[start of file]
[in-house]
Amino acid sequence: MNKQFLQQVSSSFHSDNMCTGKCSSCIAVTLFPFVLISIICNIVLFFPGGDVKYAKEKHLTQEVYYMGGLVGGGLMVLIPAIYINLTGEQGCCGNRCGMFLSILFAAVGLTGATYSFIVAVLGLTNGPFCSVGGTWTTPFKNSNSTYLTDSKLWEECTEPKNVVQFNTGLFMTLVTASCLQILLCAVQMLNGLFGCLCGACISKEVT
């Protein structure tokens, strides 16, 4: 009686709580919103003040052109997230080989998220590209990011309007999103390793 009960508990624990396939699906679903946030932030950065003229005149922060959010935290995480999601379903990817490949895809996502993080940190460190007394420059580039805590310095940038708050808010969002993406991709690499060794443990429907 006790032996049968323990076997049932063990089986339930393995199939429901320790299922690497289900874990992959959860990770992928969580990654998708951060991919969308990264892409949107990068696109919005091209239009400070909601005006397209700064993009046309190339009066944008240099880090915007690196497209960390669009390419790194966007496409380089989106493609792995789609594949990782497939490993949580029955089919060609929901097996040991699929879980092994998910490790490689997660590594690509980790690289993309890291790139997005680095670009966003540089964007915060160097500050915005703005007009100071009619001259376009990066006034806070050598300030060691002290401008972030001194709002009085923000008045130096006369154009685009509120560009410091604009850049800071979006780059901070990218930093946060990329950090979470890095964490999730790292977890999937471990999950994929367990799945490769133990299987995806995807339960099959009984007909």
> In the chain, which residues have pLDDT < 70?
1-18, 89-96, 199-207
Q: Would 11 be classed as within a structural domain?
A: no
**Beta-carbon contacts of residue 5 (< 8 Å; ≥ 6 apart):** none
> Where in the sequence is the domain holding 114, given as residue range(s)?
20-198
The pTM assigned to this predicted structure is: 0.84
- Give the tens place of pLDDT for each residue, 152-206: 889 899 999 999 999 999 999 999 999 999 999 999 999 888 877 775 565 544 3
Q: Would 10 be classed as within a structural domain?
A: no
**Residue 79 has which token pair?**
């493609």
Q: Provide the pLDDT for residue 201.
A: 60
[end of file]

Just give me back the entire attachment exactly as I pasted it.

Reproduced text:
[in-house]
Amino acid sequence: MNKQFLQQVSSSFHSDNMCTGKCSSCIAVTLFPFVLISIICNIVLFFPGGDVKYAKEKHLTQEVYYMGGLVGGGLMVLIPAIYINLTGEQGCCGNRCGMFLSILFAAVGLTGATYSFIVAVLGLTNGPFCSVGGTWTTPFKNSNSTYLTDSKLWEECTEPKNVVQFNTGLFMTLVTASCLQILLCAVQMLNGLFGCLCGACISKEVT
């Protein structure tokens, strides 16, 4: 009686709580919103003040052109997230080989998220590209990011309007999103390793 009960508990624990396939699906679903946030932030950065003229005149922060959010935290995480999601379903990817490949895809996502993080940190460190007394420059580039805590310095940038708050808010969002993406991709690499060794443990429907 006790032996049968323990076997049932063990089986339930393995199939429901320790299922690497289900874990992959959860990770992928969580990654998708951060991919969308990264892409949107990068696109919005091209239009400070909601005006397209700064993009046309190339009066944008240099880090915007690196497209960390669009390419790194966007496409380089989106493609792995789609594949990782497939490993949580029955089919060609929901097996040991699929879980092994998910490790490689997660590594690509980790690289993309890291790139997005680095670009966003540089964007915060160097500050915005703005007009100071009619001259376009990066006034806070050598300030060691002290401008972030001194709002009085923000008045130096006369154009685009509120560009410091604009850049800071979006780059901070990218930093946060990329950090979470890095964490999730790292977890999937471990999950994929367990799945490769133990299987995806995807339960099959009984007909």
> In the chain, which residues have pLDDT < 70?
1-18, 89-96, 199-207
Q: Would 11 be classed as within a structural domain?
A: no
**Beta-carbon contacts of residue 5 (< 8 Å; ≥ 6 apart):** none
> Where in the sequence is the domain holding 114, given as residue range(s)?
20-198
The pTM assigned to this predicted structure is: 0.84
- Give the tens place of pLDDT for each residue, 152-206: 889 899 999 999 999 999 999 999 999 999 999 999 999 888 877 775 565 544 3
Q: Would 10 be classed as within a structural domain?
A: no
**Residue 79 has which token pair?**
């493609």
Q: Provide the pLDDT for residue 201.
A: 60